Thesis: Joseph R. Bacci
Influence of Heat and Water on Historic and Replacement Mortars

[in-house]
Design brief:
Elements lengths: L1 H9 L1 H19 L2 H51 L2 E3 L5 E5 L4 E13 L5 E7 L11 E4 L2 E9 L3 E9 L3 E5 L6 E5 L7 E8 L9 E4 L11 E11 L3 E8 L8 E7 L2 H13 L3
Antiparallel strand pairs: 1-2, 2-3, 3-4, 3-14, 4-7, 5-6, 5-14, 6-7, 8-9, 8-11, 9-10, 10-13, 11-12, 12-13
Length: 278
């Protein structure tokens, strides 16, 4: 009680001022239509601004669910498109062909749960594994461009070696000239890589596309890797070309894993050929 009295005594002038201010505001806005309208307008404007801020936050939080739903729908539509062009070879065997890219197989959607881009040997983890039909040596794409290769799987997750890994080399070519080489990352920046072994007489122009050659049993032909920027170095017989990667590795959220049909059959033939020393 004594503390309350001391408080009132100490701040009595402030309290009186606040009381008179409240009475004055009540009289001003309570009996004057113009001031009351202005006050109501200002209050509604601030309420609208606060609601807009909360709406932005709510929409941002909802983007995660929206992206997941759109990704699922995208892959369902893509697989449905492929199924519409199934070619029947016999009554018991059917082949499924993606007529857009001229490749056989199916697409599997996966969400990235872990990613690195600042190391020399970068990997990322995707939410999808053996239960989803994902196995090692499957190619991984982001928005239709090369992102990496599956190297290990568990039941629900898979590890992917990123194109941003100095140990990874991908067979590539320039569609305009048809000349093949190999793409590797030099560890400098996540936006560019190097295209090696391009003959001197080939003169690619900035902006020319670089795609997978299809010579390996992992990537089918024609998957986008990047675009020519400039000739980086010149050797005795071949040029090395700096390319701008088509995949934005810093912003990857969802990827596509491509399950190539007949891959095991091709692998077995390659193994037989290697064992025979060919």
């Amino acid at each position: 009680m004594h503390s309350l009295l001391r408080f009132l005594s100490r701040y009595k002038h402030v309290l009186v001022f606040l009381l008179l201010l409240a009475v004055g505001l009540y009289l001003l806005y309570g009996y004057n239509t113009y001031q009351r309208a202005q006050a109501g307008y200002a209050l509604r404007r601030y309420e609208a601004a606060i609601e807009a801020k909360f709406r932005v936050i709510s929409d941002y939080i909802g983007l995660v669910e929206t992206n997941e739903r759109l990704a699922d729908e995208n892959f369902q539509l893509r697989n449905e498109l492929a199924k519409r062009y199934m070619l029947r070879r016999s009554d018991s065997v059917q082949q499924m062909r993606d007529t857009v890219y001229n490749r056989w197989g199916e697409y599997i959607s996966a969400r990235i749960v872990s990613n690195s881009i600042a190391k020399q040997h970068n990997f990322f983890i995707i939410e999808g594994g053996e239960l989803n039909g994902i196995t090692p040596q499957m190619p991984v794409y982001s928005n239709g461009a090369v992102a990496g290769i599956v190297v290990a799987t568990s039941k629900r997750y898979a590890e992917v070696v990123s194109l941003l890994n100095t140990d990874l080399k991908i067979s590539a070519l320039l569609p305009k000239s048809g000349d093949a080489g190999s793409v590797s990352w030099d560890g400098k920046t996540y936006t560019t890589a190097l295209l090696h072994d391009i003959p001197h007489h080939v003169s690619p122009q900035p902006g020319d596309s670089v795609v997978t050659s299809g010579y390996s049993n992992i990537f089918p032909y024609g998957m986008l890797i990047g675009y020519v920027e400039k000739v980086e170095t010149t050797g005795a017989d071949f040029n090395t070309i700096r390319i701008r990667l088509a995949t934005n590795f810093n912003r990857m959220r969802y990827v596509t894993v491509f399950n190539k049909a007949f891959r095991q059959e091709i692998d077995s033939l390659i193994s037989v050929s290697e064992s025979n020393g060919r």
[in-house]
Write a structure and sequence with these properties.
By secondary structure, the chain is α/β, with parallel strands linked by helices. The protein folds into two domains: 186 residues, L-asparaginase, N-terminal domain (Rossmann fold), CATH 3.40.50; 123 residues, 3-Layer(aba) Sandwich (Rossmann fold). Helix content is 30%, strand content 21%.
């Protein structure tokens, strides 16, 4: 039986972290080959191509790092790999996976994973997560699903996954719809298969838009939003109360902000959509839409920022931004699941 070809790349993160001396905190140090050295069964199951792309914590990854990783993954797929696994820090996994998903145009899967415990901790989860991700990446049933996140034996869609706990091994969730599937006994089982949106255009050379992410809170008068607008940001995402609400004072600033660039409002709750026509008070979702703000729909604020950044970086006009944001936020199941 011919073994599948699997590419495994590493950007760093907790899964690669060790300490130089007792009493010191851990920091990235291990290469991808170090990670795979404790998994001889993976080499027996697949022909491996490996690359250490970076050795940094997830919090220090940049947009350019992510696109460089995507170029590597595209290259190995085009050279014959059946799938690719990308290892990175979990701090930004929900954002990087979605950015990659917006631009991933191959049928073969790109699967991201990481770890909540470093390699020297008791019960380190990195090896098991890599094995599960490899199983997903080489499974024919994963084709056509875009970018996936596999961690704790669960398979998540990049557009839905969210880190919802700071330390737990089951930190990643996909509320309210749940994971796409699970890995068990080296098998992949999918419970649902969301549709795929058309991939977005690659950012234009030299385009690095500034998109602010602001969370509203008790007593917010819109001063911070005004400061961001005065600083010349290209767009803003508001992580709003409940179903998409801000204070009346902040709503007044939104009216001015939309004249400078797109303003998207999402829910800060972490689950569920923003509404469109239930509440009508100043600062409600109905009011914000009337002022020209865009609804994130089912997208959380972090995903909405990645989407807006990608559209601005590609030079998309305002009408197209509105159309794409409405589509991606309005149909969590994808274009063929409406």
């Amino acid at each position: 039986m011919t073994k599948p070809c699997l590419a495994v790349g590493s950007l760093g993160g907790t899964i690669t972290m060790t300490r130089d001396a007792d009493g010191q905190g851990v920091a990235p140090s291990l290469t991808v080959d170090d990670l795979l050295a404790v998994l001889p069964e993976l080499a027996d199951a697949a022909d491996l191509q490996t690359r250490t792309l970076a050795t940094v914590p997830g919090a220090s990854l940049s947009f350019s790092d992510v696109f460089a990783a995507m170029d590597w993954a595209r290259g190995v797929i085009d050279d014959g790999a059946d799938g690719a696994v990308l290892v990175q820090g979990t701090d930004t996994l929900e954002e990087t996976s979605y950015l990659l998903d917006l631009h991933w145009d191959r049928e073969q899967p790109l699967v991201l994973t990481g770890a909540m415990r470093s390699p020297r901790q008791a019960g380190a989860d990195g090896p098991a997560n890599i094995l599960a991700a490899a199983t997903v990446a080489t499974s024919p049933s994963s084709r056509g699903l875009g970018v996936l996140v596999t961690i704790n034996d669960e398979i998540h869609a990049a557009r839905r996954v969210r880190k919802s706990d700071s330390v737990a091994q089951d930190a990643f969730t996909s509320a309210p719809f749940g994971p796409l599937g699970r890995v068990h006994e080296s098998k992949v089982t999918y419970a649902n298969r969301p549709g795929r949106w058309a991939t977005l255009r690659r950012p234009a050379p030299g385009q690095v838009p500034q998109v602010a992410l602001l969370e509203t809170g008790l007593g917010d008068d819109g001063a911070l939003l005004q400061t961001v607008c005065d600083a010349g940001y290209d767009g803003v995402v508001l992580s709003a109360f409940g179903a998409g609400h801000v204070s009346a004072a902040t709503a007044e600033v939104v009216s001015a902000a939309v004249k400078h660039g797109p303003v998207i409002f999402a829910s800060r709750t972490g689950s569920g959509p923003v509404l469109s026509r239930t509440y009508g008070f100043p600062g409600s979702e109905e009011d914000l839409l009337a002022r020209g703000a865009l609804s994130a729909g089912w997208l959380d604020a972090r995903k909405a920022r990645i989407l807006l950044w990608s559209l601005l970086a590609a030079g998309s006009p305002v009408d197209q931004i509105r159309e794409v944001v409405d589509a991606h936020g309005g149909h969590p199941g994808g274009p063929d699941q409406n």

Inspired by the devastating fire of the Notre Dame cathedral, this thesis investigates the mechanical strengths of historic and replacement mortars after exposure to fire-level amounts of heat and subsequent quenching by water during suppression. This research is predicated on the hypothesis that high temperatures from fire followed by quenching can affect the mechanical properties of mortars in ways that compromise their original structural performance and compatibility with architectural masonry. The ASTM D3967-08 Standard Test Method for Splitting Tensile Strength of Intact Rock Core Specimens is carried out on six different mortar types: a dry hydrated lime-based mortar; modern NHL 3.5 and 5 mortars; and types S, O, & K Portland cement-lime mortars. Tensile strength testing is conducted on cohorts of samples that are subject to solely extreme heat, solely saturation with water, both extreme heat and subsequent saturation, and unaffected control samples. In doing so, this thesis answers three specific questions. The first, is determining which formulation responds best to heat and water, i.e., to what degree do they retain their initial strengths? For the historic lime formulation, to what degree of degradation result from exposure to heat and water? Finally, which formulations are best suited as repointing or bedding mortars for masonry exposed to fire? These test results will help professionals to understand any changes in the mechanical properties of mortars under such conditions to aid in modeling the stability of masonry structures after exposure to fire.